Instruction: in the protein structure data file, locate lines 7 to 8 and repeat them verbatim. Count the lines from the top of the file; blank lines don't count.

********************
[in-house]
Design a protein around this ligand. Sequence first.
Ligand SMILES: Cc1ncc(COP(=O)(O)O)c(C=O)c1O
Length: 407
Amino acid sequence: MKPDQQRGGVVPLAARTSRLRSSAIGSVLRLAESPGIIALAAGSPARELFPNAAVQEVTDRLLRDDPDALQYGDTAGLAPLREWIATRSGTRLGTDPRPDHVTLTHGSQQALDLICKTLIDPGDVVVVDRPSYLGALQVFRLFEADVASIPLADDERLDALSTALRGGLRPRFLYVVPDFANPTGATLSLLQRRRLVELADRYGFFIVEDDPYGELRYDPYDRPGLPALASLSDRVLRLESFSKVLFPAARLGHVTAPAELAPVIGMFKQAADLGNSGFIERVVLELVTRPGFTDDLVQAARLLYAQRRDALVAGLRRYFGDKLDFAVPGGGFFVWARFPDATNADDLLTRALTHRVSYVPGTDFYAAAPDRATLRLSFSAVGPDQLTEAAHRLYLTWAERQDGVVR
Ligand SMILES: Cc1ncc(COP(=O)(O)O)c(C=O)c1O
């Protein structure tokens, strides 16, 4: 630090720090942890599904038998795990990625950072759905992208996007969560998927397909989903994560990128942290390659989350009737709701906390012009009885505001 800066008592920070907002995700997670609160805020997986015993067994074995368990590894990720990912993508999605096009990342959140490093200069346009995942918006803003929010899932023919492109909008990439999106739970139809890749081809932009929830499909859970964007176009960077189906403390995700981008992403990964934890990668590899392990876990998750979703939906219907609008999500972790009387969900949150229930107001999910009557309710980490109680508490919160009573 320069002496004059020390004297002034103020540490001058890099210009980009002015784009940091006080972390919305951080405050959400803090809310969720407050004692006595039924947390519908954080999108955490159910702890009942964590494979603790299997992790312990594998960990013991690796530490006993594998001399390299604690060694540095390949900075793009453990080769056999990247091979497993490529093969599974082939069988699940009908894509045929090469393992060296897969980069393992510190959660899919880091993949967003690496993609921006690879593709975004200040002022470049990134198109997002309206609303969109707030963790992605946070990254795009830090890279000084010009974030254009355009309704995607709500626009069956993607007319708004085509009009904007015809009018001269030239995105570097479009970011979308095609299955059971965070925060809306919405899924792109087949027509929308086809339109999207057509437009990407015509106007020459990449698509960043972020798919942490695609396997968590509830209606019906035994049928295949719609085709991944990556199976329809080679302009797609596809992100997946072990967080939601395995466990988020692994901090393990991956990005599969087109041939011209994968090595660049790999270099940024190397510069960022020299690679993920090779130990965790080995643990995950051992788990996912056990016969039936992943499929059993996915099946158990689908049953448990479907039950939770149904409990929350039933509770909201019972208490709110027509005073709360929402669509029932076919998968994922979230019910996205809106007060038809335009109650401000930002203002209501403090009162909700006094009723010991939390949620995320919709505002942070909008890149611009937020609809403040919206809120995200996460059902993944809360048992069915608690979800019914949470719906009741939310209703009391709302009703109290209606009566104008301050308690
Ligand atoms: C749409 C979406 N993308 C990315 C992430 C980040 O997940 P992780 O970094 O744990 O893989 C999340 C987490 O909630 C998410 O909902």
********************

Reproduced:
């Protein structure tokens, strides 16, 4: 630090720090942890599904038998795990990625950072759905992208996007969560998927397909989903994560990128942290390659989350009737709701906390012009009885505001 800066008592920070907002995700997670609160805020997986015993067994074995368990590894990720990912993508999605096009990342959140490093200069346009995942918006803003929010899932023919492109909008990439999106739970139809890749081809932009929830499909859970964007176009960077189906403390995700981008992403990964934890990668590899392990876990998750979703939906219907609008999500972790009387969900949150229930107001999910009557309710980490109680508490919160009573 320069002496004059020390004297002034103020540490001058890099210009980009002015784009940091006080972390919305951080405050959400803090809310969720407050004692006595039924947390519908954080999108955490159910702890009942964590494979603790299997992790312990594998960990013991690796530490006993594998001399390299604690060694540095390949900075793009453990080769056999990247091979497993490529093969599974082939069988699940009908894509045929090469393992060296897969980069393992510190959660899919880091993949967003690496993609921006690879593709975004200040002022470049990134198109997002309206609303969109707030963790992605946070990254795009830090890279000084010009974030254009355009309704995607709500626009069956993607007319708004085509009009904007015809009018001269030239995105570097479009970011979308095609299955059971965070925060809306919405899924792109087949027509929308086809339109999207057509437009990407015509106007020459990449698509960043972020798919942490695609396997968590509830209606019906035994049928295949719609085709991944990556199976329809080679302009797609596809992100997946072990967080939601395995466990988020692994901090393990991956990005599969087109041939011209994968090595660049790999270099940024190397510069960022020299690679993920090779130990965790080995643990995950051992788990996912056990016969039936992943499929059993996915099946158990689908049953448990479907039950939770149904409990929350039933509770909201019972208490709110027509005073709360929402669509029932076919998968994922979230019910996205809106007060038809335009109650401000930002203002209501403090009162909700006094009723010991939390949620995320919709505002942070909008890149611009937020609809403040919206809120995200996460059902993944809360048992069915608690979800019914949470719906009741939310209703009391709302009703109290209606009566104008301050308690
Ligand atoms: C749409 C979406 N993308 C990315 C992430 C980040 O997940 P992780 O970094 O744990 O893989 C999340 C987490 O909630 C998410 O909902």